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All forms of child abuse may have ocular manifestations. It has been estimated that 4% to 6% of cases of child abuse present first to the ophthalmologist. (For a general discussion of child maltreatment, including abuse, see Chapter 36.)


Any injury to the eye can be the result of child abuse. Some ocular findings are highly suggestive, if not diagnostic, for trauma (Table 577-1), but this does not inform the clinician as to the etiology of the trauma: abusive versus accidental. Appropriate attention to history, laboratory values, and diagnostic testing and the careful search for other signs of abusive injury are necessary to differentiate abusive from accidental injury.


Perhaps the most common reason that an ophthalmologist is involved in child abuse cases is to search for retinal hemorrhage when there is a concern that an infant has been injured through repetitive acceleration-deceleration mechanisms. Intraocular hemorrhages are the most common ocular finding in shaken baby syndrome (SBS), occurring in approximately 85% of victims. Less common findings include traumatic retinoschisis (splitting of the retinal layers), perimacular folds, vitreous hemorrhage, retinal detachment, or total disruption of the ocular contents. In contrast, nonabusive blunt head impact causes retinal hemorrhage in less than 3% of cases unless the injury is from a severe motor vehicle accident, when the prevalence may rise to 17%. Occipital impact or children with accidental epidural hemorrhage may also result in a higher incidence of retinal hemorrhages. Numerous medical conditions can result in retinal hemorrhage. In SBS, two-thirds of the hemorrhagic retinopathies are severe, with hemorrhages in front of (preretinal), within (intraretinal), and under (subretinal) the retina (Fig. 577-1). The hemorrhages may be too numerous to count and extend throughout the retina to its edge (ora serrata).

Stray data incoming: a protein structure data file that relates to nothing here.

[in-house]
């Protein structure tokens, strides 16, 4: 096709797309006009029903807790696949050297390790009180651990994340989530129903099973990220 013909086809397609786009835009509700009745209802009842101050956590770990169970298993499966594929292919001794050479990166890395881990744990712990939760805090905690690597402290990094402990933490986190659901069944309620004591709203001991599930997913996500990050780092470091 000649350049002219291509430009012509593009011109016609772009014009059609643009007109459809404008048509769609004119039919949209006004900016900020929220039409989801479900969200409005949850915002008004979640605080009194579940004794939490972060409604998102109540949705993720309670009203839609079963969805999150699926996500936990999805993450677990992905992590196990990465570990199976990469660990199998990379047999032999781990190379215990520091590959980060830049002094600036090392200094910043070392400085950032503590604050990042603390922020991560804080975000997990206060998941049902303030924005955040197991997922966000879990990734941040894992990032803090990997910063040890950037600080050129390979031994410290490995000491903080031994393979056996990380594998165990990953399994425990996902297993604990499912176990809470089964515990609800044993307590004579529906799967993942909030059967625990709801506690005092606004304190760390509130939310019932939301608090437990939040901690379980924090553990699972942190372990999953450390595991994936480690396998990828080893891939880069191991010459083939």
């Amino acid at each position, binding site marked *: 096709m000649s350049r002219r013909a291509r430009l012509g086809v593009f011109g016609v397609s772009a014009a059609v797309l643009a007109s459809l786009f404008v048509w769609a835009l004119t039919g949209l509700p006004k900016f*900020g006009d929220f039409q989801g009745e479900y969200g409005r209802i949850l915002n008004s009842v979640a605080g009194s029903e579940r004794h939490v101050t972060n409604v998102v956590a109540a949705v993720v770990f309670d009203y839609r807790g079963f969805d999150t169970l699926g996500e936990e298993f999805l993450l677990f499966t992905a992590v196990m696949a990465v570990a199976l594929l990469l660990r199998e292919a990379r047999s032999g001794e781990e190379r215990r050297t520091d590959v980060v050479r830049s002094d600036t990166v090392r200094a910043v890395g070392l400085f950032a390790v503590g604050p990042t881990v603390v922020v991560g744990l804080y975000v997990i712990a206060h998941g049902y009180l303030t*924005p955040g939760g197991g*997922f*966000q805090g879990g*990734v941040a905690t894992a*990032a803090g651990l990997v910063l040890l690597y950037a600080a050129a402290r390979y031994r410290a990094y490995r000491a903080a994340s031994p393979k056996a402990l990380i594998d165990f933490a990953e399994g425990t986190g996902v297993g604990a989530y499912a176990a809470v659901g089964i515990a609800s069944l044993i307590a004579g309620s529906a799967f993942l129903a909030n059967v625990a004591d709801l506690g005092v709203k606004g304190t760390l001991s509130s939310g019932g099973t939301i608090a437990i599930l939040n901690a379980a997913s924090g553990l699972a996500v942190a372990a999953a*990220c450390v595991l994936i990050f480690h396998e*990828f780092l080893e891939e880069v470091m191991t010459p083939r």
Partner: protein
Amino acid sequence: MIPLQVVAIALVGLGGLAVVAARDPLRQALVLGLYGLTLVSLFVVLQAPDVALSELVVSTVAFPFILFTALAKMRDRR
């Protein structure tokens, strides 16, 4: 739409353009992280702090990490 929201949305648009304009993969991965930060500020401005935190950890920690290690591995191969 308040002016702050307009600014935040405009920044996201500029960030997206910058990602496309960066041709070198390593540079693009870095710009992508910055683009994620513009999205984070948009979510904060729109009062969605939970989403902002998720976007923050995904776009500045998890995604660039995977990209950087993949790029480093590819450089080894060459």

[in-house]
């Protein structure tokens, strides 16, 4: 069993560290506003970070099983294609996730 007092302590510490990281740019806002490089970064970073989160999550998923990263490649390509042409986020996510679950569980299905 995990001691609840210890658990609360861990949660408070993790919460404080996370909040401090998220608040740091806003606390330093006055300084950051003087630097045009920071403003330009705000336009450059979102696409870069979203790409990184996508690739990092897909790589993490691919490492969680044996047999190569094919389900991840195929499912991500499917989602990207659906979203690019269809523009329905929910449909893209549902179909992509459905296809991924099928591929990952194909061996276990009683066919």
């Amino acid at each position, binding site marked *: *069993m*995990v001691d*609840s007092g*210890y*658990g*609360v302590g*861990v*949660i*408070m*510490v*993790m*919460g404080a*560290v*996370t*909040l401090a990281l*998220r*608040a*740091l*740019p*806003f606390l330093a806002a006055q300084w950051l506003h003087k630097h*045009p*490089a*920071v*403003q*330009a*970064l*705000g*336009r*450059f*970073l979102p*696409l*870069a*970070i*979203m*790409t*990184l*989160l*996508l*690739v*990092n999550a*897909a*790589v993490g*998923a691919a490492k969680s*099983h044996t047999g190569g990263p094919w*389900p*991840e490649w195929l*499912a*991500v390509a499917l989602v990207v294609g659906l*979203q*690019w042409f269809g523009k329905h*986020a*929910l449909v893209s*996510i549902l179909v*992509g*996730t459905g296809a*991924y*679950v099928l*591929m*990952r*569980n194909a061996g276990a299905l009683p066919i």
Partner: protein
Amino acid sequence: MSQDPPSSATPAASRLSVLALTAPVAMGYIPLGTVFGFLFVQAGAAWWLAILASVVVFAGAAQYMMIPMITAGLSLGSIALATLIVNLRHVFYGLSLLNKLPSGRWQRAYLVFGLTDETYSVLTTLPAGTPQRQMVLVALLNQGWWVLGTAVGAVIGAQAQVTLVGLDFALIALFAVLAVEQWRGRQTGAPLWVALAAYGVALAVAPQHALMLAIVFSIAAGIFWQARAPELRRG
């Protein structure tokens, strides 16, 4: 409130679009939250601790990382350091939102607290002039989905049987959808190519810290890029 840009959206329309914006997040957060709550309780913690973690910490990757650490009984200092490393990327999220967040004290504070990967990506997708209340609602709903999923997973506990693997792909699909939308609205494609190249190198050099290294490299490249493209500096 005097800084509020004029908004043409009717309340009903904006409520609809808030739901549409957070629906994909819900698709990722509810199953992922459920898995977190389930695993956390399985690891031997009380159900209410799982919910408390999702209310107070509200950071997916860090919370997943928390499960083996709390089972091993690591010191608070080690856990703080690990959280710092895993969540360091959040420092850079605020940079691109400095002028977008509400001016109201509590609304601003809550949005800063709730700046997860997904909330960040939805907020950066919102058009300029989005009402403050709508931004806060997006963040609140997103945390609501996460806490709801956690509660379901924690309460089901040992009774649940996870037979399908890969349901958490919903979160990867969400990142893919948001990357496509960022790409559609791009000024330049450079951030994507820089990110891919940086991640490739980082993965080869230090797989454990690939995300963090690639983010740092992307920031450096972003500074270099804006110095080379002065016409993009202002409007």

Figure 577-1

Severe hemorrhagic retinopathy in a victim of abusive head injury (shaken baby syndrome). The optic nerve is seen in the center of the photo surrounded by severe preretinal (*) and intraretinal hemorrhage, so much so that barely any normal retina is visible. Hemorrhages of this severity covered virtually the entire retina in this patient. Compare to Figure 577-2.

Hemorrhage extending to the ora is statistically correlated with abuse. The hemorrhages may be unilateral or asymmetric between the 2 eyes. ...

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